Happy Chinese New Year 2021 – Year of the Ox!
A few weeks ago I learned the difference between Lo Mein, Chow Mein and Chop Suey, the hard way. I was on a restricted diet, and while I love to cook, I was not feeling well enough to learn to master a new type of cuisine. Especially since there are at least a half dozen Chinese takeout restaurants within a few square miles, and they do it better and cheaper than I can make at home.
Recently I learned that the reason there are so many small Chinese takeout places is because during the massive immigration to the United States, it was easier for them to gain residency if they provided a service such as the food industry. All Chinese immigrants, like most immigrants, knew how to cook because they had no extra money to dine out. Chinese food is simple, cooks fast, and is inexpensive since it is mostly vegetables and rice.
Having grown up Italian, I am very critical about Italian food out. I know how to cook it better at home at a fraction of the price, unlike Chinese food. So, when I do order Chinese food out, I expect they know their food and culture better than an Italian Jersey boy.
Unfortunately, this was not the case. In fact, it was not the first time I had an issue with my favorite takeout place, and it was the same problem with the same woman who I know is not the owner. I ordered the “Buddhist Delight”, which is vegetables with white rice (at least their version). However, what I got did not resemble the description in their menu. She actually asked me what I wanted in it. I told her the menu item number, and she still didn’t know what it was.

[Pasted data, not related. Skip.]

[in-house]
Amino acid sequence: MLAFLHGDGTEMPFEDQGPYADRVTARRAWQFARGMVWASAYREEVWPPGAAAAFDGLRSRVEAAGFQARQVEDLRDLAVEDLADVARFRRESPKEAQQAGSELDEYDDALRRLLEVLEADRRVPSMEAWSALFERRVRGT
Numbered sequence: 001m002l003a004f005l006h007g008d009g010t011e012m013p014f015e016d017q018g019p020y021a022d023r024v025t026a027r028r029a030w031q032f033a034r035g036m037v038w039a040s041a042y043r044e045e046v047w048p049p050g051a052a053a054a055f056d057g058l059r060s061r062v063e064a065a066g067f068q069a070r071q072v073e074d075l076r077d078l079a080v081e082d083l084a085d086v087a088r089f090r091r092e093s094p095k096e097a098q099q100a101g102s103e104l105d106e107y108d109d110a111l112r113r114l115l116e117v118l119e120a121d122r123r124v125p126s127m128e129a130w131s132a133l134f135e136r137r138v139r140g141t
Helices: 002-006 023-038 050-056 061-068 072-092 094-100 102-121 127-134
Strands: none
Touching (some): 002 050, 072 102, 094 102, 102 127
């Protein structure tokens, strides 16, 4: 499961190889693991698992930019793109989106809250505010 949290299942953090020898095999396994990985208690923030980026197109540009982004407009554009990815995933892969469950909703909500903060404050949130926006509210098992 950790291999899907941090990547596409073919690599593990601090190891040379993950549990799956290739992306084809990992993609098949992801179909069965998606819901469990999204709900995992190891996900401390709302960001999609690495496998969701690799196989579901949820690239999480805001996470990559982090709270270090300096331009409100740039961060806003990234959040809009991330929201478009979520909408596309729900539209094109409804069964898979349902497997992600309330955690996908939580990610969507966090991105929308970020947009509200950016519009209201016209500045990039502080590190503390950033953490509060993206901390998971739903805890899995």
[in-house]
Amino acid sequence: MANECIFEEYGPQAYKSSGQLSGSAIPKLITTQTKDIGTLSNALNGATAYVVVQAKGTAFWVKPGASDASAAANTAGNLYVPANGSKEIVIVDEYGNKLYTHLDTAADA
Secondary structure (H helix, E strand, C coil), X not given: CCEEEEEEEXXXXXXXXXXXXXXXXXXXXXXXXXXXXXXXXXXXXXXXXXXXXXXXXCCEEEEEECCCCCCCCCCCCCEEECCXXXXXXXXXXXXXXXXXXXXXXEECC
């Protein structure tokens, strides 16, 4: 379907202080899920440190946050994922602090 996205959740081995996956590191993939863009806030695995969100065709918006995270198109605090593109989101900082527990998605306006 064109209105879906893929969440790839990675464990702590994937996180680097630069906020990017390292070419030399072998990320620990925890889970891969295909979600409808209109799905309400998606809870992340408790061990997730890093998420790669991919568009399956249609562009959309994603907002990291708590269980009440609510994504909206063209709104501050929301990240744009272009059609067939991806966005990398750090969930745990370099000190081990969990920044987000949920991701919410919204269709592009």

A few days later, I ordered Chow Mein. When I got home it was all vegetables in white sauce and a scoop of white rice (the person taking the order knew it was for two, because I originally asked the if a pint would be enough for two people over a quart). He was confident I needed a quart over a pint, so why a single scoop of rice?
While most are aware that images and information on the internet these days are hit or miss, I did some research before I called back and told the lady this is not what I ordered. She insisted it was, and that is how Chow Mein is always prepared. I told her when I returned for the corrected order I would show her several examples on my iPhone of the differences. When I got back, she was not rude, but not pleasant either. I told her slowly and clearly at least three times that I believe her over the internet because she obviously was born in China due to her very thick, heavy accent. My wife is an immigrant, so I am especially patient with people who know English only as a second language.
She threw the bag into the trash can in the kitchen. I know this is not a fancy place, but really does nothing for customer confidence. Maybe she is better suited to play women’s basketball than be in the hospitality business, much less the Chinese takeout business.
This was the second incident in which I had to explain her what was on their printed menu. While I am sure they get their flow of ignorant Americans, I was not one of them. I gave her the benefit of the doubt until I did some research. I know once people migrate and try to recreate the same dishes from their homeland, some ingredients are not available, others are replaced, and of course it all depends on the region of which that food came from. Naturally I was not looking for an authentic quality Chinese dish prepared to excellency in a small town takeout place that only has two tables. At the same time, I have to be a little weary when I know more about a particular type of cuisine than those who are preparing and serving it, and serving it with a grudge.
This is what I found:
- Chow Mein is served with fried noodles
- Lo Mein is served with boiled noodles, then tossed with the vegetables
- Chop Suey is served with rice
Now we know.
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